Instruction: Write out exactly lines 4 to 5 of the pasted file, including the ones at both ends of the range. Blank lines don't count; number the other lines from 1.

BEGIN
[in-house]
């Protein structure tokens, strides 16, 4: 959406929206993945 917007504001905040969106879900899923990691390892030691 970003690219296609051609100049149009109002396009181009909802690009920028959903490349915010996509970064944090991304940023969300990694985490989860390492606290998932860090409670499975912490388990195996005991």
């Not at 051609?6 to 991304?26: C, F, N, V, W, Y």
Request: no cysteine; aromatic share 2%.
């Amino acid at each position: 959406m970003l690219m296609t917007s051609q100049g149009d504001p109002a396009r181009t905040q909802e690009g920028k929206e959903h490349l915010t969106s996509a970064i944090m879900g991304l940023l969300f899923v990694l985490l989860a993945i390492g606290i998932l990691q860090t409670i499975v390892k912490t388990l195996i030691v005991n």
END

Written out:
Request: no cysteine; aromatic share 2%.
């Amino acid at each position: 959406m970003l690219m296609t917007s051609q100049g149009d504001p109002a396009r181009t905040q909802e690009g920028k929206e959903h490349l915010t969106s996509a970064i944090m879900g991304l940023l969300f899923v990694l985490l989860a993945i390492g606290i998932l990691q860090t409670i499975v390892k912490t388990l195996i030691v005991n």